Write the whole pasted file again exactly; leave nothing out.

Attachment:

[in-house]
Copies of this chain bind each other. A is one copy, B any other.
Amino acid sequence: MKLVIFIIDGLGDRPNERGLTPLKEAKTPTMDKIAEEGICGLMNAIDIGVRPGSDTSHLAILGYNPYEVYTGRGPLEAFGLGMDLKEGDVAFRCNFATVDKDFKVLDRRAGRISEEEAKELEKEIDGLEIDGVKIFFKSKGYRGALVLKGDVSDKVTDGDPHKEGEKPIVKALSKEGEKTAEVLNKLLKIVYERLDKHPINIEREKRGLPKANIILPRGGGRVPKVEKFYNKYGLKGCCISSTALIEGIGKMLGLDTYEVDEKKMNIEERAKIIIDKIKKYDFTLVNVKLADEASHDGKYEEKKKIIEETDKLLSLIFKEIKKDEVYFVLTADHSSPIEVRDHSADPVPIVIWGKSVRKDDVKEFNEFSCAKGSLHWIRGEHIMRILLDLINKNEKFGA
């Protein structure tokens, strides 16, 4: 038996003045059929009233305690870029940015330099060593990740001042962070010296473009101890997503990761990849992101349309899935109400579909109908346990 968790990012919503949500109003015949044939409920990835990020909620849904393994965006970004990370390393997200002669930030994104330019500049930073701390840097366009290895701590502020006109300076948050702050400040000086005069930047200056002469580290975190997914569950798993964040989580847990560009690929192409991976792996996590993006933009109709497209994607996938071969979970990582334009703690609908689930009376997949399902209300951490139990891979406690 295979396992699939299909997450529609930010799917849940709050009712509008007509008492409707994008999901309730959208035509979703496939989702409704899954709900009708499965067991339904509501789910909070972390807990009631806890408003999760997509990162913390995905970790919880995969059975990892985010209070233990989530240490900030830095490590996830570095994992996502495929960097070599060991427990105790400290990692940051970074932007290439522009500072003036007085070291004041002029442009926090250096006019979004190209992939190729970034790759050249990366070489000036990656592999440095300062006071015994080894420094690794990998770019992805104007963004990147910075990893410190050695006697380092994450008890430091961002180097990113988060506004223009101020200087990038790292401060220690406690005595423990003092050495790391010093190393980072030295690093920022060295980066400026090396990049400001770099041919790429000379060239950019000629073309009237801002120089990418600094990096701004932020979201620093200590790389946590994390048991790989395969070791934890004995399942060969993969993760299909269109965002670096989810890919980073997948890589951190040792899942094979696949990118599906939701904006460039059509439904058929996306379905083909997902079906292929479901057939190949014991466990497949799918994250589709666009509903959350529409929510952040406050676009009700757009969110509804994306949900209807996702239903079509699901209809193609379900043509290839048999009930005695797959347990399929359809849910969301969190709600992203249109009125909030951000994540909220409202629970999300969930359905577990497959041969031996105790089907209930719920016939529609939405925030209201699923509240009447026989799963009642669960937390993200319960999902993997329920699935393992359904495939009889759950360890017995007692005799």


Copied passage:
[in-house]
Copies of this chain bind each other. A is one copy, B any other.
Amino acid sequence: MKLVIFIIDGLGDRPNERGLTPLKEAKTPTMDKIAEEGICGLMNAIDIGVRPGSDTSHLAILGYNPYEVYTGRGPLEAFGLGMDLKEGDVAFRCNFATVDKDFKVLDRRAGRISEEEAKELEKEIDGLEIDGVKIFFKSKGYRGALVLKGDVSDKVTDGDPHKEGEKPIVKALSKEGEKTAEVLNKLLKIVYERLDKHPINIEREKRGLPKANIILPRGGGRVPKVEKFYNKYGLKGCCISSTALIEGIGKMLGLDTYEVDEKKMNIEERAKIIIDKIKKYDFTLVNVKLADEASHDGKYEEKKKIIEETDKLLSLIFKEIKKDEVYFVLTADHSSPIEVRDHSADPVPIVIWGKSVRKDDVKEFNEFSCAKGSLHWIRGEHIMRILLDLINKNEKFGA
């Protein structure tokens, strides 16, 4: 038996003045059929009233305690870029940015330099060593990740001042962070010296473009101890997503990761990849992101349309899935109400579909109908346990 968790990012919503949500109003015949044939409920990835990020909620849904393994965006970004990370390393997200002669930030994104330019500049930073701390840097366009290895701590502020006109300076948050702050400040000086005069930047200056002469580290975190997914569950798993964040989580847990560009690929192409991976792996996590993006933009109709497209994607996938071969979970990582334009703690609908689930009376997949399902209300951490139990891979406690 295979396992699939299909997450529609930010799917849940709050009712509008007509008492409707994008999901309730959208035509979703496939989702409704899954709900009708499965067991339904509501789910909070972390807990009631806890408003999760997509990162913390995905970790919880995969059975990892985010209070233990989530240490900030830095490590996830570095994992996502495929960097070599060991427990105790400290990692940051970074932007290439522009500072003036007085070291004041002029442009926090250096006019979004190209992939190729970034790759050249990366070489000036990656592999440095300062006071015994080894420094690794990998770019992805104007963004990147910075990893410190050695006697380092994450008890430091961002180097990113988060506004223009101020200087990038790292401060220690406690005595423990003092050495790391010093190393980072030295690093920022060295980066400026090396990049400001770099041919790429000379060239950019000629073309009237801002120089990418600094990096701004932020979201620093200590790389946590994390048991790989395969070791934890004995399942060969993969993760299909269109965002670096989810890919980073997948890589951190040792899942094979696949990118599906939701904006460039059509439904058929996306379905083909997902079906292929479901057939190949014991466990497949799918994250589709666009509903959350529409929510952040406050676009009700757009969110509804994306949900209807996702239903079509699901209809193609379900043509290839048999009930005695797959347990399929359809849910969301969190709600992203249109009125909030951000994540909220409202629970999300969930359905577990497959041969031996105790089907209930719920016939529609939405925030209201699923509240009447026989799963009642669960937390993200319960999902993997329920699935393992359904495939009889759950360890017995007692005799």